Make Wolfram Language functions available as cloud APIs that can be called from other programming languages or embedded on webpages.

Create an APIFunction

Create an APIFunction that returns the distance between two cities. In this example, TravelDistance returns a Quantity. Applying QuantityMagnitude to that result extracts just the numeric value, which is easier for an external program to process than a Quantity:

Deploy the APIFunction to the Wolfram Cloud

Deploy the function to the cloud with Permissions->"Public" to make the API available to anyone:

Test the API from a browser

Verify that an API works as you expect it to by calling it from a browser. To construct a URL that calls the API, right-click the URL in the CloudObject output of CloudDeploy and choose Copy Address:

Paste the address into a browser search field and append a question mark (?) followed by the names and values of the parameters separated by ampersands (&)for example, "?city1=Chicago&city2=Miami":

Call the API from a non-Wolfram language

Get the code for calling the API from Python:

Paste the embed code into a Python script:

Run the Python script:

$ ./APITest.py 
1378.25516483735

Notes

Calls to APIs deployed in your account use your Cloud Credits.
Parameters can be any Interpreter type, including countries, currencies, colors, dates and email addresses.
You can specify what format the API should use when returning its results:
To call an API function programmatically from the Wolfram Language, use URLExecute, giving the API arguments in a list:
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To give an API a more mnemonic URL, specify a CloudObject name in the deployment:
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You can substitute your Wolfram Cloud account name for user-xxxxxxxx-...-xxxxxxxxxxxx in the URL to make it even easier to remember and type:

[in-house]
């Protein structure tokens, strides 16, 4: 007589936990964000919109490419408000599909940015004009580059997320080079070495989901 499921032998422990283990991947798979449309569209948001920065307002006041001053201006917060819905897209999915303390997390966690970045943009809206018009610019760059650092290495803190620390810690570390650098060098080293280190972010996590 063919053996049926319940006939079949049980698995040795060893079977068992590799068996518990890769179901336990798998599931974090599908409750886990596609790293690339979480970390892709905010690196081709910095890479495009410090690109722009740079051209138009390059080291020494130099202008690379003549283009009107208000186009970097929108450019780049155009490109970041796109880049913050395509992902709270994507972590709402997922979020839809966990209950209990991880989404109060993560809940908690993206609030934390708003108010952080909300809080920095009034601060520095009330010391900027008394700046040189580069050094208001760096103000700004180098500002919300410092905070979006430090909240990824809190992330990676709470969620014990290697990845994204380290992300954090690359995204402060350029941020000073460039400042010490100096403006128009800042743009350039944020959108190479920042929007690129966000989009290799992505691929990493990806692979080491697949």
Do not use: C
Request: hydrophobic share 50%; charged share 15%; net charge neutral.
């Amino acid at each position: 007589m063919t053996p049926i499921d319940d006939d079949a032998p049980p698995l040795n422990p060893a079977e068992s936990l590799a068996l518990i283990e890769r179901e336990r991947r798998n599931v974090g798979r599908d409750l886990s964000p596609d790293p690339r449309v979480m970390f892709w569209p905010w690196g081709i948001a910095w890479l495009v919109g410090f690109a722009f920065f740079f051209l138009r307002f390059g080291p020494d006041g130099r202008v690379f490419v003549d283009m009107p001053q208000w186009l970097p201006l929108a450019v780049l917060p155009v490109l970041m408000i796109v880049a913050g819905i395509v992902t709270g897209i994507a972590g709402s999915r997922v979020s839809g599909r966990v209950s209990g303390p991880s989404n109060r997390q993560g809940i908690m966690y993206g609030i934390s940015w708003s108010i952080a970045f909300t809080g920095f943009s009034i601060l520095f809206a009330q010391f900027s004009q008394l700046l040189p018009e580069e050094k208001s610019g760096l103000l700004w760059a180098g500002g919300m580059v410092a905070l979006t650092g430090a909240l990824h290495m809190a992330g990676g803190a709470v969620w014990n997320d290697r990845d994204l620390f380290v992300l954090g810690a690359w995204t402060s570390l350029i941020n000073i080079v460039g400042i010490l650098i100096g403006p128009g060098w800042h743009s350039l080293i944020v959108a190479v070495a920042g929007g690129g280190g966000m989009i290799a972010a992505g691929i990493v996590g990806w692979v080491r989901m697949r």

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To give an API a short URL, use URLShorten:
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Click for copyable input
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Click for copyable input
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The short URL functions just like the original:
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Click for copyable input
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A deployed APIFunction can be embedded in a webpage so that what it returns is inserted in the page when it is rendered.
Make an APIFunction that returns a clock face showing the local time in a city:
Get the embed code for calling the API from HTML (the default):
Insert the embed code into an HTML document and add APIFunction parameters after _embed=iframe:
The resulting webpage:
An API can allow parameters that place limits on computational resources, specify different export formats or return debugging information using AllowedCloudExtraParameters.
An API can allow a variety of sources and different syntaxes for inputs using AllowedCloudParameterExtensions.